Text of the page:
ZP: The majority of your photography work revolves around nature, with some describing it as having a vintage early-1970s National Geographic vibe. What is it about these vast landscapes that draws you in?
OP: To be honest, I've always shot and edited my photos in a way that invokes a personal response. To a certain extent this is due to the influence that certain analogue television programs had on me growing up. The Nature of Things and NFB documentaries from the 1960s through the 1990s invoke great nostalgia which is undoubtedly seen in my work.
ZP : The simplistic nature of your web design portfolio translates directly to the style of your photographs. Are there any unique photo processing techniques that you use, or do you prefer to just let the image speak for itself without much editing?
OP: A well-composed photo with great light shouldn't require a massive amount of editing, and I've always sort of stuck with that philosophy when it comes to taking photos or working with software. That said, my personal editing style arises from digital film emulation software from companies like VSCO. Without those guys -- and Lightroom -- it wouldn't be possible, outside of shooting film itself, to achieve a lot of the unique tone mixes you see in my work. While I use VSCO Film and Lightroom for DSLR shots, all my iPhone photos are edited on the iPhone with software like Snapseed, PicFX, Afterlight and VSCO Cam.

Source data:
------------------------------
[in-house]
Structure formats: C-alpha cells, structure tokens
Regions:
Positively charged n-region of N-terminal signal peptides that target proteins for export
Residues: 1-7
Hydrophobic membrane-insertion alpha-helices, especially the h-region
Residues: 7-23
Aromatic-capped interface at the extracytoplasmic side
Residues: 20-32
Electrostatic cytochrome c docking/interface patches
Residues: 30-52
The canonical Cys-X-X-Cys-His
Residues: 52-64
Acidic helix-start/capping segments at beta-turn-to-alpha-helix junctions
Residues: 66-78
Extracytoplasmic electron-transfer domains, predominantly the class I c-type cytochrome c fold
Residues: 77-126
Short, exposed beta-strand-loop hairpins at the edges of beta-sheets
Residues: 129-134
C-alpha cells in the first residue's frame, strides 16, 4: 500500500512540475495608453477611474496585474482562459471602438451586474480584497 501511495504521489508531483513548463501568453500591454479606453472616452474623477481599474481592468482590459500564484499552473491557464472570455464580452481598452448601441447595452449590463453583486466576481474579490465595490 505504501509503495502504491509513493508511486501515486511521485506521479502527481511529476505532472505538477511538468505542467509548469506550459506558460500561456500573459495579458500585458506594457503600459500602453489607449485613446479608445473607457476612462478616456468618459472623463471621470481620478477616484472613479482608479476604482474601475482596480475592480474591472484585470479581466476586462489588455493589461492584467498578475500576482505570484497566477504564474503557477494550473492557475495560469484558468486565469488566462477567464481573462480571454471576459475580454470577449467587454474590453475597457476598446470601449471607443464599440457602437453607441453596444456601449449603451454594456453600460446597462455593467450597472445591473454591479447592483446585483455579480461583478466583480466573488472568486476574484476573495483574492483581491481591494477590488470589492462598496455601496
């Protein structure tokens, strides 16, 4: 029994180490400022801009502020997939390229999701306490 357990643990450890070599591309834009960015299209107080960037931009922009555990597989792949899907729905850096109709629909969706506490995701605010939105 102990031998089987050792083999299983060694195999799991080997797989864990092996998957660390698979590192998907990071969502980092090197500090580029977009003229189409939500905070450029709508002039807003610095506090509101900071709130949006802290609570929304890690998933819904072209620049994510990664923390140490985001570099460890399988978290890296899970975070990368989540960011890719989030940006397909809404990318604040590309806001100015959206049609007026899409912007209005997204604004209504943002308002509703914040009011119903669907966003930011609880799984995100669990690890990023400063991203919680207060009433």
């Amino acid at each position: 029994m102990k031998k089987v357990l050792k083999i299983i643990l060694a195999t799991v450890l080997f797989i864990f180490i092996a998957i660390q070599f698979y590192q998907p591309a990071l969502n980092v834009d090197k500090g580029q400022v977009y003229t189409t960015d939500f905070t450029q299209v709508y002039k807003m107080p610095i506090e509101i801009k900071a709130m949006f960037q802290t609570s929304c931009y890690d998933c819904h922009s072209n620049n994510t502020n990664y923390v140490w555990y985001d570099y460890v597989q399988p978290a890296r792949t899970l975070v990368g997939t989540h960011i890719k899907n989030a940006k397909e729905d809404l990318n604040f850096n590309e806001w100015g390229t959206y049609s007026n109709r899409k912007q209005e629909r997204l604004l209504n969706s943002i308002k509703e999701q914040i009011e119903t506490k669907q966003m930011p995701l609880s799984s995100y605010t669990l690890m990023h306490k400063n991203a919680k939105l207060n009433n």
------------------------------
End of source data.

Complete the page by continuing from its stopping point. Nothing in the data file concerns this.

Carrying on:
ZP: Where do you shoot the majority of your work, and is there a location you've been dying to visit?
OP: I'm shooting a majority of my work in British Columbia, and primarily Whistler. Dream location? I'd love to shoot an adventure to the North Pole or Baffin Island one day, but Patagonia and Chile are somewhere I'm planning to visit soon.
ZP : How has social media impacted the development of both your skills and your exposure as an artist?
OP : Instagram has played a huge role. While you wouldn't know it based on what's 'popular', there's a whole community of immensely talented photographers who provide me constant inspiration and instant feedback on new work. Facebook and Twitter are of less importance to me at the moment, but I'm looking to increase my exposure through both of them moving forward.
ZP : This might seem a bit far out, but let's say that a civilian space program is organized within the next decade. How inclined would you be to visit and photograph the moon first-hand?
OP : Yeah. I'd do that in a heartbeat if I had the financial capability. Spaceflight and scientific exploration are big influences on my imagination. All astronauts are heroes in my opinion.
ZP : What is the single coolest thing that has happened to you as a designer / photographer?
OP : Man... single coolest thing might be tough. I suppose being asked to contribute to the ISO50 blog is one. I've always looked up to those guys and followed Tycho's music for years, but the thought of actually getting to contribute was never a realistic consideration. Getting to work with amazing companies like Sherpas Cinema and Pacific Wild are also really lucky opportunities that come from my design and photography. In the end I guess it's all about the people you get to meet and collaborate with that matters most to me.